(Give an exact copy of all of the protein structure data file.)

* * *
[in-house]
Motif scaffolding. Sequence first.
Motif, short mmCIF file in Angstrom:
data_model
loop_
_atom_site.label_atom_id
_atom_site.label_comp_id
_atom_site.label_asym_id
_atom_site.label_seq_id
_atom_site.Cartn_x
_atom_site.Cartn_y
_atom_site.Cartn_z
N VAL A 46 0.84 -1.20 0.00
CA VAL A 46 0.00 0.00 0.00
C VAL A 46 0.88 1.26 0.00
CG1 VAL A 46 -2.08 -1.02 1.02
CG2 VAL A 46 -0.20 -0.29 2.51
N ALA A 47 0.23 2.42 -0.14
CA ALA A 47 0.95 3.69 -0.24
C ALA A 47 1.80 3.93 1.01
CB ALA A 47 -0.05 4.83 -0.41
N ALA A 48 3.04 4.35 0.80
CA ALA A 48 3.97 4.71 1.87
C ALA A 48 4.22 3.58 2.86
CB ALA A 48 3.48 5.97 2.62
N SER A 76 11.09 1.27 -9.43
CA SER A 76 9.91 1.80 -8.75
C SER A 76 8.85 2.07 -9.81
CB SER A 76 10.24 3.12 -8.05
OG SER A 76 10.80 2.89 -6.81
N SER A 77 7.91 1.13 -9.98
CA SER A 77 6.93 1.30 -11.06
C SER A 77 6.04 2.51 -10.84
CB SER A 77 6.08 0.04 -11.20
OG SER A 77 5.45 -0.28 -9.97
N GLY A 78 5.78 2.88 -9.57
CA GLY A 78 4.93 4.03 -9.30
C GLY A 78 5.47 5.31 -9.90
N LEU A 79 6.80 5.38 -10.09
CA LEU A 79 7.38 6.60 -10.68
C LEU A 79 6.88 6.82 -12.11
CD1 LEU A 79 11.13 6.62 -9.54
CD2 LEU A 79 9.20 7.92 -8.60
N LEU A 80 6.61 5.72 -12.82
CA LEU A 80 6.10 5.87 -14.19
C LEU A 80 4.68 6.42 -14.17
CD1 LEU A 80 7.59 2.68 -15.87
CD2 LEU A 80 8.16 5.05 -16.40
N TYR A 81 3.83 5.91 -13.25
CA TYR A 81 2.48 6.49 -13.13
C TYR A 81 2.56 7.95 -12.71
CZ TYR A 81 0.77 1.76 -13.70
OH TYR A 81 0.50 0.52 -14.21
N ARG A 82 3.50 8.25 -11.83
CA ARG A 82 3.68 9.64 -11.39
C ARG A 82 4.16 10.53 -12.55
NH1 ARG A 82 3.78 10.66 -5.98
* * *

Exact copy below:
[in-house]
Motif scaffolding. Sequence first.
Motif, short mmCIF file in Angstrom:
data_model
loop_
_atom_site.label_atom_id
_atom_site.label_comp_id
_atom_site.label_asym_id
_atom_site.label_seq_id
_atom_site.Cartn_x
_atom_site.Cartn_y
_atom_site.Cartn_z
N VAL A 46 0.84 -1.20 0.00
CA VAL A 46 0.00 0.00 0.00
C VAL A 46 0.88 1.26 0.00
CG1 VAL A 46 -2.08 -1.02 1.02
CG2 VAL A 46 -0.20 -0.29 2.51
N ALA A 47 0.23 2.42 -0.14
CA ALA A 47 0.95 3.69 -0.24
C ALA A 47 1.80 3.93 1.01
CB ALA A 47 -0.05 4.83 -0.41
N ALA A 48 3.04 4.35 0.80
CA ALA A 48 3.97 4.71 1.87
C ALA A 48 4.22 3.58 2.86
CB ALA A 48 3.48 5.97 2.62
N SER A 76 11.09 1.27 -9.43
CA SER A 76 9.91 1.80 -8.75
C SER A 76 8.85 2.07 -9.81
CB SER A 76 10.24 3.12 -8.05
OG SER A 76 10.80 2.89 -6.81
N SER A 77 7.91 1.13 -9.98
CA SER A 77 6.93 1.30 -11.06
C SER A 77 6.04 2.51 -10.84
CB SER A 77 6.08 0.04 -11.20
OG SER A 77 5.45 -0.28 -9.97
N GLY A 78 5.78 2.88 -9.57
CA GLY A 78 4.93 4.03 -9.30
C GLY A 78 5.47 5.31 -9.90
N LEU A 79 6.80 5.38 -10.09
CA LEU A 79 7.38 6.60 -10.68
C LEU A 79 6.88 6.82 -12.11
CD1 LEU A 79 11.13 6.62 -9.54
CD2 LEU A 79 9.20 7.92 -8.60
N LEU A 80 6.61 5.72 -12.82
CA LEU A 80 6.10 5.87 -14.19
C LEU A 80 4.68 6.42 -14.17
CD1 LEU A 80 7.59 2.68 -15.87
CD2 LEU A 80 8.16 5.05 -16.40
N TYR A 81 3.83 5.91 -13.25
CA TYR A 81 2.48 6.49 -13.13
C TYR A 81 2.56 7.95 -12.71
CZ TYR A 81 0.77 1.76 -13.70
OH TYR A 81 0.50 0.52 -14.21
N ARG A 82 3.50 8.25 -11.83
CA ARG A 82 3.68 9.64 -11.39
C ARG A 82 4.16 10.53 -12.55
NH1 ARG A 82 3.78 10.66 -5.98